# equiv_sample_size

Estimates the number of independent values of a series of correlated observations.

## Prototype

function equiv_sample_size ( x : numeric, siglvl : numeric, opt : integer ) return_val : integer

## Arguments

*x*

Input vector array of any dimensionality. Missing values should be
indicated by *x*@_FillValue. If *x*@_FillValue is not set,
then the NCL default value (appropriate to the type of *x*) will be
assumed. The function will operate on the rightmost dimension.

*siglvl*

User specified critical significance level (0.0 < siglvl < 1.0).
Typically, *siglvl* <= 0.10 (most frequently, *siglvl*=0.05
or *siglvl*=0.01).

*opt*

Currently not used. Set to zero.

## Return value

The return value(s) will be of type integer.

The number of dimensions
will be one less than the number of input dimensions (i.e. the
rightmost dimension of *x* will no longer be present).

## Description

Given a series of length *N*, this function will:

- calculate the lag-one autocorrelation (hereafter,
*r1*), - test the null hypothesis [no correlation; H0: r1=0] at the user
specified critical level (
*siglvl*), and - if significant, estimate the number of independent samples
("equivalent sample size"). If not significant it will return the
original sample size,
*N*.

Taking Serial Correlation into Account in Tests of the MeanThere are many caveats:

F. W. Zwiers and H. von Storch, J. Climate 1995, pp336-

- The input series must be a Gaussian "red-noise" process (positive
*r1*). If the function calculates a negative*r1*("blue-noise" process), it will return the original sample size,*N*. *N*should be "large". The larger*r1*, the larger*N*should be. Technically, one should only use this function when the number of equivalent sample sizes is**known**to be >= 30.- Do not use the results of this function without some intelligence. Read the article.

Another simple reference for autocorrelation (serial correlation) and effective sample size is **here**.

## Examples

**Example 1**

Here `x` is a series of length `N` (=1000). The data are
normally distributed.

siglvl = 0.01 neqv =equiv_sample_size(x, siglvl,0)

`neqv`will be a scalar with an estimate of the equivalent sample size. Some examples for N=200 at various correlation levels and two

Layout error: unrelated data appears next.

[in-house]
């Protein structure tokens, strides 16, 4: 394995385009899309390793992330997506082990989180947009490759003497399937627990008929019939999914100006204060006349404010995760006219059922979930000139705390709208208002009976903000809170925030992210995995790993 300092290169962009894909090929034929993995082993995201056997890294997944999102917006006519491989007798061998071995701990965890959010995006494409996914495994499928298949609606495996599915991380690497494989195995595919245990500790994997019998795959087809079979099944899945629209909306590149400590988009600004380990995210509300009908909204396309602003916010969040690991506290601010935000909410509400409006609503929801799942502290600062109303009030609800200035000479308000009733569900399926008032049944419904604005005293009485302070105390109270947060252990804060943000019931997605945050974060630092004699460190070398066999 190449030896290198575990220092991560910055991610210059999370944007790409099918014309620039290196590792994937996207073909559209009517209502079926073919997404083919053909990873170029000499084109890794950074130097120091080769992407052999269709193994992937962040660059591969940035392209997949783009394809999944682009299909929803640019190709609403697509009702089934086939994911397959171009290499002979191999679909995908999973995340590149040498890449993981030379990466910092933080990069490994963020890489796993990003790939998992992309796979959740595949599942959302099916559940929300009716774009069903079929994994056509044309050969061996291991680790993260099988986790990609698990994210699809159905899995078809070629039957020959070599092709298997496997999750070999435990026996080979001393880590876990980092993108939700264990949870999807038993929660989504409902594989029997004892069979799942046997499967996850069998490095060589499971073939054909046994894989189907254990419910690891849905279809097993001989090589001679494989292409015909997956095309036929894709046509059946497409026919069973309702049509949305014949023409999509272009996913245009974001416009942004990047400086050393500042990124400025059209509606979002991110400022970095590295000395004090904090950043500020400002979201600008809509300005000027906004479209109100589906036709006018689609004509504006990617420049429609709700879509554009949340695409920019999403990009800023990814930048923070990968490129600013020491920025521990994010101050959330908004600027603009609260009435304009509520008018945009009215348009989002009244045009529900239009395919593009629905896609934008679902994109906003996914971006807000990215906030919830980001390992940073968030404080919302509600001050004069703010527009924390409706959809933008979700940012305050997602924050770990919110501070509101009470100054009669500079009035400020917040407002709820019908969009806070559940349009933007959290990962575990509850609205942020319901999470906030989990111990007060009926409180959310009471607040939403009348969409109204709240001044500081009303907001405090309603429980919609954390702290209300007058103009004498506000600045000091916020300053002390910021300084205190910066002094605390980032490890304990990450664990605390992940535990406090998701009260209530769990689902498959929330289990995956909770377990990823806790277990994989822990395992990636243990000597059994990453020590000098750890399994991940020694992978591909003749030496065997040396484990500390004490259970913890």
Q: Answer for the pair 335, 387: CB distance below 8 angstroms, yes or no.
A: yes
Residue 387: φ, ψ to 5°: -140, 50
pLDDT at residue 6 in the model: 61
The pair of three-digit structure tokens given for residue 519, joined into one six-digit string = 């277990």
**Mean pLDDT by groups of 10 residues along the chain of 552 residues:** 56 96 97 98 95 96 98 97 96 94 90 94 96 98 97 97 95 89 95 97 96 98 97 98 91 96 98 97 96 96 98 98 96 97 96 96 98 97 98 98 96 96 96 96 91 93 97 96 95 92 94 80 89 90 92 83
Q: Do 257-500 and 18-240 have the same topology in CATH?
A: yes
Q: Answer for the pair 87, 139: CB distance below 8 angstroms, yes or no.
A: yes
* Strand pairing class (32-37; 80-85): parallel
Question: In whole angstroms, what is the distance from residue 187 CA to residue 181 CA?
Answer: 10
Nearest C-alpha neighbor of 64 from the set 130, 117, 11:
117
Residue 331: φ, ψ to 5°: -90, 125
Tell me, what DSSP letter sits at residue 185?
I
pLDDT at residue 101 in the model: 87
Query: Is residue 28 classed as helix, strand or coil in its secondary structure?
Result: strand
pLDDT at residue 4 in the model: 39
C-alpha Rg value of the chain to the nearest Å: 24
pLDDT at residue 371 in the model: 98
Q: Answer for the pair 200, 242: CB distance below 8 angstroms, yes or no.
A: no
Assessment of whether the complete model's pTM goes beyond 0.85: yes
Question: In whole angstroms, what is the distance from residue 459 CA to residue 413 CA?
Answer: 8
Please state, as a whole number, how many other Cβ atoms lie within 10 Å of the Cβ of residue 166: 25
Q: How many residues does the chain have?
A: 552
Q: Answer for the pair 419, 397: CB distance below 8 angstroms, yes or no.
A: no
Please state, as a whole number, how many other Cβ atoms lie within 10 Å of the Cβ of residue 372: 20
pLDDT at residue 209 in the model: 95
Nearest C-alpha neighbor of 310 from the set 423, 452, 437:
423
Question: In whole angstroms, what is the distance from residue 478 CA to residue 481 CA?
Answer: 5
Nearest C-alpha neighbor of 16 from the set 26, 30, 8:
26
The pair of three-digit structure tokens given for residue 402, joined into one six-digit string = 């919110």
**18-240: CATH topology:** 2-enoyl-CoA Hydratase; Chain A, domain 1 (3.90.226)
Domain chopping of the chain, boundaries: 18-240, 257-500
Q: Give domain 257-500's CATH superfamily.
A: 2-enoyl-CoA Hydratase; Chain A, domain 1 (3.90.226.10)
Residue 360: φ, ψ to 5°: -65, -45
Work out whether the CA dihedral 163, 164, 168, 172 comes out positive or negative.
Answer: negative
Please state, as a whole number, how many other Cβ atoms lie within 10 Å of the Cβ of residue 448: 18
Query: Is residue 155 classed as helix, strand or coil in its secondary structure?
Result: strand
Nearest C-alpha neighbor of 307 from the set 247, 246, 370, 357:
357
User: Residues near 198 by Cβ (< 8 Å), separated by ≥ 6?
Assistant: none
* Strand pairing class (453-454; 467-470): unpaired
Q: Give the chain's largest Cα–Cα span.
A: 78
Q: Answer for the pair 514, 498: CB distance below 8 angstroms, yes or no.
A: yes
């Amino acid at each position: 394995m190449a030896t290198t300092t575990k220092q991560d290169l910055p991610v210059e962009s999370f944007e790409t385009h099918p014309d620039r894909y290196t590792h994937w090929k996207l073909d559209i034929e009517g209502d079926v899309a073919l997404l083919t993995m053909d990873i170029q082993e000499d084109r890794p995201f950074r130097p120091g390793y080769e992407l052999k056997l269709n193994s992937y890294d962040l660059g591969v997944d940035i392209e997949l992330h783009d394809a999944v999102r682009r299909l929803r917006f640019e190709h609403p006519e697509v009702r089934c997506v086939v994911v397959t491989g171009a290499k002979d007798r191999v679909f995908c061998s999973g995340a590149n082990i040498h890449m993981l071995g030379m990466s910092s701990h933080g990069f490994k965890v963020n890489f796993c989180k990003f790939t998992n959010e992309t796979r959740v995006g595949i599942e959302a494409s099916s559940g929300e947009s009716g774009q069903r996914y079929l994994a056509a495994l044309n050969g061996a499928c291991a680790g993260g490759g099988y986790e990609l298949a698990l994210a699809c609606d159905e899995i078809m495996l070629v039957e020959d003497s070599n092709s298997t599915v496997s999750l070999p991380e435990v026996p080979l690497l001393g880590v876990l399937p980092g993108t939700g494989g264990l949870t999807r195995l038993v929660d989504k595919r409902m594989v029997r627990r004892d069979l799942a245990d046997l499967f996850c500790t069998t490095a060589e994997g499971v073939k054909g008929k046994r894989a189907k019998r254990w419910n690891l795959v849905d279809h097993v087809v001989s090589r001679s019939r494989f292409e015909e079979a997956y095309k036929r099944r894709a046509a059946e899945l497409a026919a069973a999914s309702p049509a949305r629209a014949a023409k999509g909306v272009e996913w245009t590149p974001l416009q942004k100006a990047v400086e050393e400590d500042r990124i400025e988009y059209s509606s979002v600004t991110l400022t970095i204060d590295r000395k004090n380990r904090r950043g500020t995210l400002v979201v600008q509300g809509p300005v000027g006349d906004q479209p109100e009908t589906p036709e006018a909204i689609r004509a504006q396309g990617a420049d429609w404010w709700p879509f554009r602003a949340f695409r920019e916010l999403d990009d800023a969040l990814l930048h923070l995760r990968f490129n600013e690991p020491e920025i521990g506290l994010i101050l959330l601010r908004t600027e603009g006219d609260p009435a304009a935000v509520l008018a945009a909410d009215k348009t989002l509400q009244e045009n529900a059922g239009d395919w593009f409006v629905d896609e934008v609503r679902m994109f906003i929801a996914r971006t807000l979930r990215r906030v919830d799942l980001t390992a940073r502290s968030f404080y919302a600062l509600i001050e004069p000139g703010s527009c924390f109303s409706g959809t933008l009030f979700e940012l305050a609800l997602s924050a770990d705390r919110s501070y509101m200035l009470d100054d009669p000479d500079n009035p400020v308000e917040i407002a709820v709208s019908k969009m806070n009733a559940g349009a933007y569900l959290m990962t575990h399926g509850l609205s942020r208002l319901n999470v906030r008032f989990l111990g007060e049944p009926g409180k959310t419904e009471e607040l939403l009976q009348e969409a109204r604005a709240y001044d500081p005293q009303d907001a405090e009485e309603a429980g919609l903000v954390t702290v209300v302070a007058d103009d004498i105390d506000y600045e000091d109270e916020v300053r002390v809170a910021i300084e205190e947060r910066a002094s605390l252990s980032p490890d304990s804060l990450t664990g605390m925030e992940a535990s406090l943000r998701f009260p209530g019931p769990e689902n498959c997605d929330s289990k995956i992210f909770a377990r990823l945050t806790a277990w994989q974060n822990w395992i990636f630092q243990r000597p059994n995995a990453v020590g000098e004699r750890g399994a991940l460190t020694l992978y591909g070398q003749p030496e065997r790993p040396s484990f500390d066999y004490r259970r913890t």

`siglvl`values (0.10 and 0.05) follow. A

`siglvl`=0.01 may have resulted in larger

`neqv`.

r neqv neqv (0.10) (0.05) 0.702441 34 34 0.628879 45 45 0.576756 53 53 0.487207 68 68 0.407399 83 83 0.283313 111 111 0.119770 156 200 0.069794 200 200

**Example 2**

If `y` has size (ntim,nlat,nlon) and named dimensions "time",
"lat", "lon" [i.e., `y`(time,lat,lon)], where "ntim" is large,
then use NCL's dimension reordering:

siglvl = 0.05 neqv =equiv_sample_size(y(lat|:,lon|:,time|:), siglvl,0)

`neqv`will be size (nlat,mlon) containing at each grid point an estimate of the number of independent observations. Again, use the results carefully. Even if the data have no significant auto correlation, some grid points may indicate significant positive

*r1*just due to sampling. One should use field significance testing to see if the sample sizes returned are indeed significant.

**Example 3**

Let's say the above had monthly data and the users wanted to check to see if successive Januaries, Februaries, etc. were significantly correlated and, if so, get the equivalent samples sizes:

siglvl = 0.01 do nmo=0,nmos-1 ; nmos=12 neqv =Each pass through the loop will yield an estimate of the equivalent sample size. Previous comments apply here also.equiv_sample_size(y(lat|:,lon|:,time|nt:ntim-1,nmos), siglvl,0) ; neqv ==>(nlat,mlon) end do

**Example 4**

Let `x`(time,lat,lon) and `y`(time,lat,lon) where
"time", "lat", "lon" are dimension names.

- Use NCL's named dimensions to reorder in time
- Specify a critical significance level to test the lag-one
auto-correlation coefficient and determine the (temporal) number of
equivalent sample sizes each grid point using
**equiv_sample_size**; - [optional] Estimate a single global mean equivalent sample size
using
**wgt_areaave**that could be used for the**ttest**or**ftest**.

(1) xtmp = x(lat|:,lon|:,time|:) ; reorder but do it only once [temporary] ytmp = y(lat|:,lon|:,time|:) (2) sigr = 0.05 ; critical sig lvl for r xEqv =equiv_sample_size(xtmp, sigr,0) yEqv =equiv_sample_size(ytmp, sigr,0) (3) xN =wgt_areaave(xEqv, wgtx, 1., 0) ; wgtx could be gaussian weights yN =wgt_areaave(yEqv, wgty, 1., 0)